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If Racial Bias Taints Jury, Secrecy Rule Doesn't Apply

Under federal rules of procedure, there is what's known as the "no-impeachment rule" which prohibits jurors from undermining or discrediting their verdicts. The rule is designed to provide finality to jury verdicts as well as promote "full and vigorous discussion" by jurors without fear that they will be harassed after being discharged or summoned to recount their deliberations.

Jury deliberations are essentially a "black box" in that they are free from judicial review in almost all cases. But the Supreme Court added one more exception to that rule, permitting judges to consider evidence of a juror's racial statements and whether they violated a defendant's Sixth Amendment right to a trial "by an impartial jury."

The Juror

Miguel Angel Peña Rodriguez had been accused of groping women at a racetrack where he worked and denied the allegations, claiming it was a case of mistaken identity. Ultimately he was cleared on some felony counts, but convicted in 2007 of three misdemeanor counts relating to those charges, but discovered that one juror, a former law enforcement officer, made some ethnically-biased comments about Mexican men and how they related to his assessment of Peña Rodriguez's guilt.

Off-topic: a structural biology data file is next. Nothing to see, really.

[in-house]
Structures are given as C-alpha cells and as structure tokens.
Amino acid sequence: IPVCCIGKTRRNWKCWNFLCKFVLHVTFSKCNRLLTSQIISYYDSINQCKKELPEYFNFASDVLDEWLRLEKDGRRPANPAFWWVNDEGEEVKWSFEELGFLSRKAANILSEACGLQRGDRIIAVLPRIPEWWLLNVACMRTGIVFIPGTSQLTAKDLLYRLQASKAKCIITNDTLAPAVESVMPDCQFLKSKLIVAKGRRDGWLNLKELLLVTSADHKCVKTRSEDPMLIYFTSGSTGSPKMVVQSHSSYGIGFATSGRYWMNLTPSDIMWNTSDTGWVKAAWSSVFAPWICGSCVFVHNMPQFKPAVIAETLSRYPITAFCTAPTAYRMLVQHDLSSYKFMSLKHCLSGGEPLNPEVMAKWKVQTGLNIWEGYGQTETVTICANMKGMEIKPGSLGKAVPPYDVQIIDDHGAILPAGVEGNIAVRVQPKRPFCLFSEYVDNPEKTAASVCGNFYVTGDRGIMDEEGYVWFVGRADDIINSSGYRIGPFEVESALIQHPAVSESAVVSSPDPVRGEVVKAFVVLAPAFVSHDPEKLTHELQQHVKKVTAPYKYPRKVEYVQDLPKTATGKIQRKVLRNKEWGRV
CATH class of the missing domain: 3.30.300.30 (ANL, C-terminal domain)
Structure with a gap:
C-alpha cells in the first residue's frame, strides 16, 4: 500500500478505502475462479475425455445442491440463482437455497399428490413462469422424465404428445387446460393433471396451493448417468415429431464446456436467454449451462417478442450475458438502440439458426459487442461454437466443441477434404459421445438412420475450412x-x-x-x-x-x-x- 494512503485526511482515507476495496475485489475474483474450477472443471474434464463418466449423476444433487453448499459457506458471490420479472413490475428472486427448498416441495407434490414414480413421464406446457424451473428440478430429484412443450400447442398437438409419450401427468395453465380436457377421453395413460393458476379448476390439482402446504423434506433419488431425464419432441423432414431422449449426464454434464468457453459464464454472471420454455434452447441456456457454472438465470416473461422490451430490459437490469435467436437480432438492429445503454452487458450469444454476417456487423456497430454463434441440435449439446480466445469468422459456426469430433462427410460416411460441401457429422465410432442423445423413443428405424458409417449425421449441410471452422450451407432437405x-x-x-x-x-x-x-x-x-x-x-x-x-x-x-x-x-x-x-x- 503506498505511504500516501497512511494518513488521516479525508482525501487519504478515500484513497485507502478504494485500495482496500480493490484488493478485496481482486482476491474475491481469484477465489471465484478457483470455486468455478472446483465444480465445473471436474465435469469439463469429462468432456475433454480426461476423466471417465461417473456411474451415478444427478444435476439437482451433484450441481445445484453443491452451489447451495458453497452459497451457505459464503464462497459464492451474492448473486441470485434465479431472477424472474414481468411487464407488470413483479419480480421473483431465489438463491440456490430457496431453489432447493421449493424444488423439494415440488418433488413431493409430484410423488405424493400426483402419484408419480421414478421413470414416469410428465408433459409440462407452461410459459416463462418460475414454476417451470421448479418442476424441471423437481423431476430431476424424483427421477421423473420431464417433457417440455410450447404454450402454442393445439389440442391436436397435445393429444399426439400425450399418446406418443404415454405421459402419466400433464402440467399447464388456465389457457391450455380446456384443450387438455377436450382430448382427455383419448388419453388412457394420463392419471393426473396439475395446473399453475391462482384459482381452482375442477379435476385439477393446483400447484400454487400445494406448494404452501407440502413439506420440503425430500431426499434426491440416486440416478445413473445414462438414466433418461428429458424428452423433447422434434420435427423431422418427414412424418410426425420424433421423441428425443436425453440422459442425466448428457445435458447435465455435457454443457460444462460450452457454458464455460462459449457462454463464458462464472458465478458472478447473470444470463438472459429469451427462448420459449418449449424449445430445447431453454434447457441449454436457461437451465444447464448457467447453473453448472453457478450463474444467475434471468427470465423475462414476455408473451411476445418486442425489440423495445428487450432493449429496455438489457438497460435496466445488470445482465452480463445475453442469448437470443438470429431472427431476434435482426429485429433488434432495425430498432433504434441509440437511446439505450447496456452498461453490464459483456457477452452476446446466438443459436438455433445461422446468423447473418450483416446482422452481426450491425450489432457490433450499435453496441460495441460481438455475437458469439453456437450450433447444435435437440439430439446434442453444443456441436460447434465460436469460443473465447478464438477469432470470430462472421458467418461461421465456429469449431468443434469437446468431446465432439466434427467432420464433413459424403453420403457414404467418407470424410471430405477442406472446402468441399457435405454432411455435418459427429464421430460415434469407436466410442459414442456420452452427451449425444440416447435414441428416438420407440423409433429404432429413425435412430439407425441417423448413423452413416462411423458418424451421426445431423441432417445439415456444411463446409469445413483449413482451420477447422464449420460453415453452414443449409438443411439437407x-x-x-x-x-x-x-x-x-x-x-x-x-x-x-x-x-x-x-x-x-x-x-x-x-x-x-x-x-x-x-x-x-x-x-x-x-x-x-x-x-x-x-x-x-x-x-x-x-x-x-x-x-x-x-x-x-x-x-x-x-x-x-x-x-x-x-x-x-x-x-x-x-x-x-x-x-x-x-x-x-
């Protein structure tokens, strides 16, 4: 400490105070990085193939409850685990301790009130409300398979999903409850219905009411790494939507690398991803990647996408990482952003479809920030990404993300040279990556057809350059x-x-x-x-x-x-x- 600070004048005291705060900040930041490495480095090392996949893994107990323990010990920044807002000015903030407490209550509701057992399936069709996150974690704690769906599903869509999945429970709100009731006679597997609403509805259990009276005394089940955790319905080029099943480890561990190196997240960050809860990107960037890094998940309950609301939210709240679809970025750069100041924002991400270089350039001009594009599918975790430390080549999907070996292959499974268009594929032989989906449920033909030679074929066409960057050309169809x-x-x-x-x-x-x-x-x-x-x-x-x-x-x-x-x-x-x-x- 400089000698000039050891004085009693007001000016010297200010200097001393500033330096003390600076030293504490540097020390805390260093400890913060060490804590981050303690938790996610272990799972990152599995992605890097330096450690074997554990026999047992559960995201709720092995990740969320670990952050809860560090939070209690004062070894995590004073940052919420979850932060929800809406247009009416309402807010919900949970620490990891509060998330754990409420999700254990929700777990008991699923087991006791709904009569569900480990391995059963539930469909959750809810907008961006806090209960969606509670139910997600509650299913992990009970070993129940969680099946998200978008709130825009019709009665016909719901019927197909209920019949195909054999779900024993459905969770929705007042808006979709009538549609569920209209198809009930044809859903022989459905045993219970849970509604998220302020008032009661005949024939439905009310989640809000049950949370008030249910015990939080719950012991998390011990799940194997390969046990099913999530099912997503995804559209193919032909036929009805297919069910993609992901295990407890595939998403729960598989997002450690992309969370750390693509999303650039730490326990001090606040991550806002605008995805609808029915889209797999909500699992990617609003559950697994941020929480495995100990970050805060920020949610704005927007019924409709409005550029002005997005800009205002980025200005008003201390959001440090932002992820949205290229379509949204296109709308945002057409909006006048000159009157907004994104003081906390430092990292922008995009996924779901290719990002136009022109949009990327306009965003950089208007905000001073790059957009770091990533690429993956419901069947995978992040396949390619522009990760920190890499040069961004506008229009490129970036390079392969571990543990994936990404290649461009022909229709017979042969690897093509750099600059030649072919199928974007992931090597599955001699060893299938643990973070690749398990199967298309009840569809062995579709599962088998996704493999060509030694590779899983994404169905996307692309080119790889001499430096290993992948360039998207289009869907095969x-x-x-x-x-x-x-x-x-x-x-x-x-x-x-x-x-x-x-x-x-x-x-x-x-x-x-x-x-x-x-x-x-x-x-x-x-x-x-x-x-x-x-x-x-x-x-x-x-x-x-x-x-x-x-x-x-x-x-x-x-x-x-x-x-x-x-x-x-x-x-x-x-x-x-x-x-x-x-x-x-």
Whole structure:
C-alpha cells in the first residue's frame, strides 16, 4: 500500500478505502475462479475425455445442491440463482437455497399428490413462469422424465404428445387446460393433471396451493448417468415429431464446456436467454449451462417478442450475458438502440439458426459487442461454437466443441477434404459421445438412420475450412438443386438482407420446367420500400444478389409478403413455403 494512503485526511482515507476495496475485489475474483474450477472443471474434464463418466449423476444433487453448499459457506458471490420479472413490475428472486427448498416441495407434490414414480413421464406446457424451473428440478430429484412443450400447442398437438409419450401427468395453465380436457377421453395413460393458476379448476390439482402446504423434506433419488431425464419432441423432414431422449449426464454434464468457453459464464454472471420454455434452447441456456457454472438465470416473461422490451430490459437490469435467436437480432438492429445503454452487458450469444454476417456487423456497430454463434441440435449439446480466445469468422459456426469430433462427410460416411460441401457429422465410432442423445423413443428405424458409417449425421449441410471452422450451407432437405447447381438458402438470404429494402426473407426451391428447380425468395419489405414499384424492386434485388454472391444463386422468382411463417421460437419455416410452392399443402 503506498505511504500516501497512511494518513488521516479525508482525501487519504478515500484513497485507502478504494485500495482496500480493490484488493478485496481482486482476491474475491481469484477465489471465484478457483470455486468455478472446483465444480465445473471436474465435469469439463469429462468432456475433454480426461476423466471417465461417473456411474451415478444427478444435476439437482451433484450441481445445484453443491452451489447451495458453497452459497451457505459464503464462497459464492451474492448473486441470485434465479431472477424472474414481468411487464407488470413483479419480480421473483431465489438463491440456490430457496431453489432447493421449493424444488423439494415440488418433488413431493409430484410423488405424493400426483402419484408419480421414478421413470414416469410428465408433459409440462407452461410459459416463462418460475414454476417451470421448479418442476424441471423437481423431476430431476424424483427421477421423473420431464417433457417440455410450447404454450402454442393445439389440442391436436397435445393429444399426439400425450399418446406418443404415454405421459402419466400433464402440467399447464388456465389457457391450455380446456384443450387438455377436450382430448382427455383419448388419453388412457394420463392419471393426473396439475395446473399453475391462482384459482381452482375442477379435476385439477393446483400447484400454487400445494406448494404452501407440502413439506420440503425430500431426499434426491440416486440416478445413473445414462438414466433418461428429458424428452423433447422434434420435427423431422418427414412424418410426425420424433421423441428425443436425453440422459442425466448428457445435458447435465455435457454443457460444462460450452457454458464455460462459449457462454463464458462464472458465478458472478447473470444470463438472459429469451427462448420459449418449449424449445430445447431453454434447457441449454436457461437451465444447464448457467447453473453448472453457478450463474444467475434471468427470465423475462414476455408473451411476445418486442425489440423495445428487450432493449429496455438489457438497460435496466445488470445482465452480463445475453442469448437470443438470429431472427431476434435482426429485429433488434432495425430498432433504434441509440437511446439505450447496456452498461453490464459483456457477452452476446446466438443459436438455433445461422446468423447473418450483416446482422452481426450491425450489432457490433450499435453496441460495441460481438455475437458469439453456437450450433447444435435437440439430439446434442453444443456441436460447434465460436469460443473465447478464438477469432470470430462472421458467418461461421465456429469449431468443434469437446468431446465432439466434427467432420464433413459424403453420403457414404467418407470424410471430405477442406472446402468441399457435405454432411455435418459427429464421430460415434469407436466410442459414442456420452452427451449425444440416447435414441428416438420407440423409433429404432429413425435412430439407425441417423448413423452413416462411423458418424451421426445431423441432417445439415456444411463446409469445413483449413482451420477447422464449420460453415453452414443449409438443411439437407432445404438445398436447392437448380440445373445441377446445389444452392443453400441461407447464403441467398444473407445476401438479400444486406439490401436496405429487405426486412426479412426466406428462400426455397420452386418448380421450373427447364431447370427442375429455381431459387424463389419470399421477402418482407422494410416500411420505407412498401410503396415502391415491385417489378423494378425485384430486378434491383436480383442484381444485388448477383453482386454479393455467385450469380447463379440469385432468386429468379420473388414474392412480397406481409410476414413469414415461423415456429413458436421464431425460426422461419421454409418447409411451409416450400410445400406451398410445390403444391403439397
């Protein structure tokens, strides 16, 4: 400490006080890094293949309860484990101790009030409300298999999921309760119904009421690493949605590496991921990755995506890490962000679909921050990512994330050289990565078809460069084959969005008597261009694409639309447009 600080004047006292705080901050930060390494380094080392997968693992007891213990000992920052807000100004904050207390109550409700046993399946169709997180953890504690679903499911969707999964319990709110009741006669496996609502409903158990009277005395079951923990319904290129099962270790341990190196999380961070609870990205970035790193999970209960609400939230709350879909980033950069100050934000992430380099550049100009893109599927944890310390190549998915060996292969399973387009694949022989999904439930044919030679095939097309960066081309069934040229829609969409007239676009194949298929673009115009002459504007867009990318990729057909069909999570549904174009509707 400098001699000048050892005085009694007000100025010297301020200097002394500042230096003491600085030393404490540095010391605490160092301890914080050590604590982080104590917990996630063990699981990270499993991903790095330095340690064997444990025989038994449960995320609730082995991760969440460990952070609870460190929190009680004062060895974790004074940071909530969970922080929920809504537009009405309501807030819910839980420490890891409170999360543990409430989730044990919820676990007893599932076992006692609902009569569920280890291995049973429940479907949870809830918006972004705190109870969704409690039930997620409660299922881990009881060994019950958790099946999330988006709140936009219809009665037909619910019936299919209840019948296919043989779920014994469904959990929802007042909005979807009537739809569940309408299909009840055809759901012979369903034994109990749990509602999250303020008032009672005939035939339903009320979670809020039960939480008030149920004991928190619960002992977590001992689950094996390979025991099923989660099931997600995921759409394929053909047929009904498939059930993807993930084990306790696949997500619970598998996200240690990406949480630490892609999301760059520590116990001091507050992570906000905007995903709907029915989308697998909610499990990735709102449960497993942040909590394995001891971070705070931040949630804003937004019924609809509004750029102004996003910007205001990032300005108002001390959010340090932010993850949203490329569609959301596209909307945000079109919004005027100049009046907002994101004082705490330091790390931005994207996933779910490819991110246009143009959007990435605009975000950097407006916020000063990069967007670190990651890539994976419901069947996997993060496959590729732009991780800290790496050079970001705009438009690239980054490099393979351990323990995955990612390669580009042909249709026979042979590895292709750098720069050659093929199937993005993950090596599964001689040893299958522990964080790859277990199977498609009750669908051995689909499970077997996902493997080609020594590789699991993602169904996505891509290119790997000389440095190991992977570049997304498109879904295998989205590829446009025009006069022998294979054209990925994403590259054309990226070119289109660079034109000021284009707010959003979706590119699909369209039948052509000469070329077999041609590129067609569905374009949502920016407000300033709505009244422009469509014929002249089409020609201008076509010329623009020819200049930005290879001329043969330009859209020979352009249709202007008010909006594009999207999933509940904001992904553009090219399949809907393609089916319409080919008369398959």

Some choice quotes from the juror, identified only as H.C.:

  • "I think he did it because he's Mexican and Mexican men take whatever they want";
  • In his experience, "nine times out of ten Mexican men were guilty of being aggressive toward women and young girls;" and
  • He "believed the defendant was guilty because, in [his] experience as an ex-law enforcement officer, Mexican men had a bravado that caused them to believe they could do whatever they wanted with women."

The Justice

Peña Rodriguez appealed his conviction, but the court denied his request for a new trial, citing Colorado and federal rules prohibiting jurors from testifying about statements made during deliberations. But the Supreme Court agreed with Peña Rodriguez, ruling clear statements from a juror indicating that he or she relied on racial stereotypes or animus to convict a criminal defendant are an exception to the no-impeachment rule. In those cases, the Court ruled, trial courts can review the statements for Constitutional violations.

Justice Anthony M. Kennedy, writing for the majority, had a few choice quotes of his own:

  • "The Nation must continue to make strides to overcome race-based discrimination. The progress that has already been made underlies the Court's insistence that blatant racial prejudice is antithetical to the functioning of the jury system";
  • "A constitutional rule that racial bias in the justice system must be addressed -- including, in some instances, after the verdict has been entered -- is necessary to prevent a systemic loss of confidence in jury verdicts"; and
  • Judicial review is necessary in these cases "to ensure that our legal system remains capable of coming ever closer to the promise of equal treatment under the law that is so central to a functioning democracy."

But Peña Rodriguez isn't necessarily free yet. The Supreme Court merely sent his case back to the Supreme Court of Colorado, where it will review the juror's statements and make its own determination whether they warrant overturning Peña Rodriguez's conviction.

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